Uber admits it failed on consumer privacy, settles with FTC

Uber Violated Privacy Policy, FTC Says

Uber Violated Privacy Policy, FTC Says

In its complaint, however, the FTC alleged Uber abandoned the system within a year and thereafter "rarely monitored" the use of God View by employees. Earlier this year, Uber agreed to pay $20 million to settle a complaint that it misrepresented and exaggerated potential driver earnings and auto financing terms, through its Vehicle Solutions Program.

After news reports that employees were improperly accessing consumer data, Uber said in November 2014 that it had a strict policy prohibiting workers from accessing information about customers or drivers.

Under the new agreement with the FTC, Uber has to do some very simple things: stop "misrepresenting how it monitors internal access to consumers' personal information" and "misrepresenting how it protects and secures that data".

But it's the 20 years of privacy checkups - completed by a third party, then submitted by the watchdog agency - that could prove most onerous for the company. The FTC complaint said that a system Uber developed to monitor employee access to user data was "not designed or staffed effectively".

"This case shows that, even if you're a fast growing company, you can't leave consumers behind: you must honor your privacy and security promises".

Uber was also under investigation for a God View tool which provided its employees access to user data. That includes a period between August 2015 until May 2016, the FTC said, when Uber "did not timely follow up on automated alerts concerning the potential misuse of consumer personal information".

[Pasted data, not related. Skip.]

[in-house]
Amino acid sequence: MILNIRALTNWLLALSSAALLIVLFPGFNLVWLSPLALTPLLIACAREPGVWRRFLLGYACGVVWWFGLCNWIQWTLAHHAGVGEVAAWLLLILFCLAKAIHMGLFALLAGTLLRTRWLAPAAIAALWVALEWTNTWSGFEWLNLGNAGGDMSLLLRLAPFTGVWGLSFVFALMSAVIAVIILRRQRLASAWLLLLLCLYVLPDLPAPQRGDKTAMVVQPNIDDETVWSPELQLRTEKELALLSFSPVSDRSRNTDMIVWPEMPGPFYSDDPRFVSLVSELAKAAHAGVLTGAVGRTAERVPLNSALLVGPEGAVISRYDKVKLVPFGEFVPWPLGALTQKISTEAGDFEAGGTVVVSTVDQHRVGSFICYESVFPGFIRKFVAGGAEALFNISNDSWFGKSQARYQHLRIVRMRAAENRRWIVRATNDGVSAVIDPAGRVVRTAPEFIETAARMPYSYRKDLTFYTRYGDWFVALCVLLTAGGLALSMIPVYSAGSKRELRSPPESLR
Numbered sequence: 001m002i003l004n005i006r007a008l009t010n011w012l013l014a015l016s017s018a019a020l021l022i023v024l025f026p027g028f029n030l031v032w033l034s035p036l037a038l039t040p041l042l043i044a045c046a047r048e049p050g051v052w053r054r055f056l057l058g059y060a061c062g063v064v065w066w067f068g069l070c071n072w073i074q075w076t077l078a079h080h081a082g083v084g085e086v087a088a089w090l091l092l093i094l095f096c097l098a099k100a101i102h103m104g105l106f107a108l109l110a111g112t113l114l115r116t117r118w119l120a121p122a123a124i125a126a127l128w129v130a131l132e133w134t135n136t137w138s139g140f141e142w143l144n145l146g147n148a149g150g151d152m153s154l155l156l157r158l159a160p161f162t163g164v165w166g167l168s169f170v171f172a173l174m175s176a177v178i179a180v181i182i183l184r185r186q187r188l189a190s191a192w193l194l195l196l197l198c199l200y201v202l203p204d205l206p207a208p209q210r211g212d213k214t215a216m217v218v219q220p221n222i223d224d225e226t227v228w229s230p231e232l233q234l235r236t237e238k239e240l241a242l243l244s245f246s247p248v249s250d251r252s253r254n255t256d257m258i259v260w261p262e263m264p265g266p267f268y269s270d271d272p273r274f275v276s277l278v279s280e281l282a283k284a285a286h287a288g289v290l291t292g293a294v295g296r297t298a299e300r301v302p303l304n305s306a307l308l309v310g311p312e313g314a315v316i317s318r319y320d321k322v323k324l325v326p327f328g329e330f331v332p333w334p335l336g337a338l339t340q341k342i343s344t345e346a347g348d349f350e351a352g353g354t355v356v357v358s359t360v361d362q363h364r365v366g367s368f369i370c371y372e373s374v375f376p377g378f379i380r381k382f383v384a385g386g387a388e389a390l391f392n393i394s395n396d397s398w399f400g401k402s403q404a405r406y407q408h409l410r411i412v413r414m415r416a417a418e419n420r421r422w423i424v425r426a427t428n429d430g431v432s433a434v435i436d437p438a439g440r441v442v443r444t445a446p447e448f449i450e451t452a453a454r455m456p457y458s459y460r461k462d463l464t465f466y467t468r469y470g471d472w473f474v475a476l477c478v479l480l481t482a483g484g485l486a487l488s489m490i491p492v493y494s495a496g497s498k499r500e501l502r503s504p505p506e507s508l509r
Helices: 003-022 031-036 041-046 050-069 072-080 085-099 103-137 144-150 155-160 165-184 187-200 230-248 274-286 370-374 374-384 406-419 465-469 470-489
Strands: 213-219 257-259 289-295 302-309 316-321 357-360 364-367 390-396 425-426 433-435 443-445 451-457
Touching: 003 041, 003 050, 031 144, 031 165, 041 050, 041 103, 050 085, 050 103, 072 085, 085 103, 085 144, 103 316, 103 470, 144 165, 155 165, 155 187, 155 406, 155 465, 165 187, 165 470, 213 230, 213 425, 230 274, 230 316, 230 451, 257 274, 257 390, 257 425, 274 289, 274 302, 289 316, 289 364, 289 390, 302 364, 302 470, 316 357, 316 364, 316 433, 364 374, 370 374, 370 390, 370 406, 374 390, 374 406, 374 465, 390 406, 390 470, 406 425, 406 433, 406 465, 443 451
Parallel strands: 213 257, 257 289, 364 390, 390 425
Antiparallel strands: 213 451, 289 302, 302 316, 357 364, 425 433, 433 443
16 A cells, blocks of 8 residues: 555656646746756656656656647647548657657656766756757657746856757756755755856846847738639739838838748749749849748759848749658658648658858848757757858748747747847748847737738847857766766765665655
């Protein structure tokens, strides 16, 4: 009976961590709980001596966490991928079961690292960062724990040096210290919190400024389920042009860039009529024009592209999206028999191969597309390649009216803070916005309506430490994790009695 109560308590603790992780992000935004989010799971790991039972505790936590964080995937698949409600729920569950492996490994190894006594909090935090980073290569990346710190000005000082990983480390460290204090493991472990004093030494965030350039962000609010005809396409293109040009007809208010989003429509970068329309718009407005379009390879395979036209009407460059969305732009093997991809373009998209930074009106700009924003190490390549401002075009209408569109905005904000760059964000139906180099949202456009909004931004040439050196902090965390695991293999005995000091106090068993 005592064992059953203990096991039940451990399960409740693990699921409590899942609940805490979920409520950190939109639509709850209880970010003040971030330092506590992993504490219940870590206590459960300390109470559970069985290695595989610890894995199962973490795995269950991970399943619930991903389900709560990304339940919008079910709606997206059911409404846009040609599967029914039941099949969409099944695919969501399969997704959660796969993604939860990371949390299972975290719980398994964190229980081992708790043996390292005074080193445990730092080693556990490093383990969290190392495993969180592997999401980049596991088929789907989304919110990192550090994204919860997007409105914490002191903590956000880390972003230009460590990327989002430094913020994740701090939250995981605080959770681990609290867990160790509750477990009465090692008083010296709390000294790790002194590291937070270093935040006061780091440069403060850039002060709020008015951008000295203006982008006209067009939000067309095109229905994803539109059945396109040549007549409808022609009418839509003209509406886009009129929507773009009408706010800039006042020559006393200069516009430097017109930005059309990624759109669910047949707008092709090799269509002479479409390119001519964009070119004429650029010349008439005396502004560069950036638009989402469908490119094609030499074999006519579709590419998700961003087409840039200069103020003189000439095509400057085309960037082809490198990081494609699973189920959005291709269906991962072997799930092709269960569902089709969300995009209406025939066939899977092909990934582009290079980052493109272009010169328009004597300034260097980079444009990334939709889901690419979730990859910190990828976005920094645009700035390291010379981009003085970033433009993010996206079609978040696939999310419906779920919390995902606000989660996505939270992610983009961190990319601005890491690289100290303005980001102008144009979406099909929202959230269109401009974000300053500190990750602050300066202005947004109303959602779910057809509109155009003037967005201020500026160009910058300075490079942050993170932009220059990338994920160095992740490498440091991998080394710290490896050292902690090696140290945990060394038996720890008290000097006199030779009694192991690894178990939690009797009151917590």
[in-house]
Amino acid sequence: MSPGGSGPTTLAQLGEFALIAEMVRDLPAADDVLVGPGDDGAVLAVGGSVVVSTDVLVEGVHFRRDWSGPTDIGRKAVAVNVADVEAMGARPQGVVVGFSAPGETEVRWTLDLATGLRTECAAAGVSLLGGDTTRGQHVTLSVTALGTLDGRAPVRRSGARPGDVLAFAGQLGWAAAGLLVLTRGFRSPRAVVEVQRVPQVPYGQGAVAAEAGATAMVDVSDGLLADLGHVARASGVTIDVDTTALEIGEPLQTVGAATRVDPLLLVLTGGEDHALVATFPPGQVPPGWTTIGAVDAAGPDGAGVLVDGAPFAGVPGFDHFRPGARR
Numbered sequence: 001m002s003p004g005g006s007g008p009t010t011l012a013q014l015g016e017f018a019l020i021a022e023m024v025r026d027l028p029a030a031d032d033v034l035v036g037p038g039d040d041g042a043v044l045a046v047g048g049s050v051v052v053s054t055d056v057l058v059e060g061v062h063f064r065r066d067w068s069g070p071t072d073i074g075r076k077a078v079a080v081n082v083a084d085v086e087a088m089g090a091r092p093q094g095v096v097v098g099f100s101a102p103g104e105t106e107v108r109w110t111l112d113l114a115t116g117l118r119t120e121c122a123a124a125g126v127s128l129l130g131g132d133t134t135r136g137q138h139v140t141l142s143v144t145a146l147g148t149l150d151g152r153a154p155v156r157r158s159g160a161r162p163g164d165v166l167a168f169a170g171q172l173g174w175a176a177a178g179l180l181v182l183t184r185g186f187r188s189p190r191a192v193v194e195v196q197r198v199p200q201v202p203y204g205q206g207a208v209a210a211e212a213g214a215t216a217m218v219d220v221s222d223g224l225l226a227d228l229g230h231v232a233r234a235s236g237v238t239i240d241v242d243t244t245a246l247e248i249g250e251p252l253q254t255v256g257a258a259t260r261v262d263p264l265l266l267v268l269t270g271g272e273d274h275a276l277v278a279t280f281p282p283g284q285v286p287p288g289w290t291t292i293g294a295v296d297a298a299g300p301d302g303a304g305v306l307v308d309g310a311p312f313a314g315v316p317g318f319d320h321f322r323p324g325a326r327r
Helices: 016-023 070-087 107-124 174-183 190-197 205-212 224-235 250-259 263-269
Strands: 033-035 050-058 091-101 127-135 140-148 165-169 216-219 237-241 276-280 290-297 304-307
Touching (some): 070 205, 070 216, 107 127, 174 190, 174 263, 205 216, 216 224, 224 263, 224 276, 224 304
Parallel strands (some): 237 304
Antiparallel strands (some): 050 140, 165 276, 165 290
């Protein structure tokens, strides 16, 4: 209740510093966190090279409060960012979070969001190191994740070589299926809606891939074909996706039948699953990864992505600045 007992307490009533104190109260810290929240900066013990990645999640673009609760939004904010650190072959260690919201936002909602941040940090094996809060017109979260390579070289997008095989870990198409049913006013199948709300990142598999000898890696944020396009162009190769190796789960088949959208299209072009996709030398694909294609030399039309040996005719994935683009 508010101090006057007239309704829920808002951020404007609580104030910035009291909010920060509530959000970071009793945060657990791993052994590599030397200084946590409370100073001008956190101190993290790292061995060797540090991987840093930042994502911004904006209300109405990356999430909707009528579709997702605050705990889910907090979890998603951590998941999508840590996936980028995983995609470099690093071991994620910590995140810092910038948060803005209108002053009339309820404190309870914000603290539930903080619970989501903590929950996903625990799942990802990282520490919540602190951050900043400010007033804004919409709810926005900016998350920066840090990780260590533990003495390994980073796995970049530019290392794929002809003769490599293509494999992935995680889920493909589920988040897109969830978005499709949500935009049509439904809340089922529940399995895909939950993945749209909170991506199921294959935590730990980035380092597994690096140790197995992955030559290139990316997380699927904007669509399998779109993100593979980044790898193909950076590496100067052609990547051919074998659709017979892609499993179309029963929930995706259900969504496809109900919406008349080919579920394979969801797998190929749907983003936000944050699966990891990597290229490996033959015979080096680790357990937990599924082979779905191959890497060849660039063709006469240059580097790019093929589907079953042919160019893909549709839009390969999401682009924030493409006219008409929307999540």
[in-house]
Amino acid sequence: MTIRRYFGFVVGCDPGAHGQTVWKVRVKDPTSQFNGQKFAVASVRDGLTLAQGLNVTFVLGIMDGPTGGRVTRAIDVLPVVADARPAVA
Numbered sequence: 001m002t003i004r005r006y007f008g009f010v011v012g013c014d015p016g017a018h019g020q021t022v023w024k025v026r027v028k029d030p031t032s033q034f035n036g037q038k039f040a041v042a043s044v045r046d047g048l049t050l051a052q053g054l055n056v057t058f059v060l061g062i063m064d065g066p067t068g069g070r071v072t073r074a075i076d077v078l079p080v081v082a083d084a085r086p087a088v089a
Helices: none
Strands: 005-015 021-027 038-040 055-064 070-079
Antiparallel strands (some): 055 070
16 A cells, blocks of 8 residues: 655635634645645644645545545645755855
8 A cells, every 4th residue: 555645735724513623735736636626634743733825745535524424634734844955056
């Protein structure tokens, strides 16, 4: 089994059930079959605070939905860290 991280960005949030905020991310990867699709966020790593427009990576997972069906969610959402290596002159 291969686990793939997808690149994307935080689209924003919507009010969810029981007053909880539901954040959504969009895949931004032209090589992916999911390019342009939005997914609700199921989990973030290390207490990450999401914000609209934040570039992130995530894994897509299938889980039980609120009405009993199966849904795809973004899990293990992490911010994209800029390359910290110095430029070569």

As part of this recent settlement, Uber "neither admits nor denies" any wrongdoing, but has agreed to implement the changes ordered by the FTC.

Separately, the FTC alleges that Uber did a poor job of securing its data.

"The complaint involved practices that date as far back as 2014", a spokesman said.

It fixed other issues after the discovering the breach, including previously allowing engineers and programmers to use a single key to access data stored in Amazon S3 with full administrative rights; not restricting access to data based on job function; and not requiring multi-factor authentication to access the data. In fact, the company hired its first Chief Security Officer in 2015 and now employs hundreds of professionals to ensure that their user information is protected.

In a statement forwarded via e-mail, an Uber representative announced that the company is relieved to bring FTC's investigations to a close finally. Uber is also prohibited from misrepresenting its privacy practices to consumers.

Uber has settled with federal regulators that accused the start-up of "deceptive privacy and data security claims". "This settlement provides an opportunity to work with the FTC to further verify that our programs protect user privacy and personal information".

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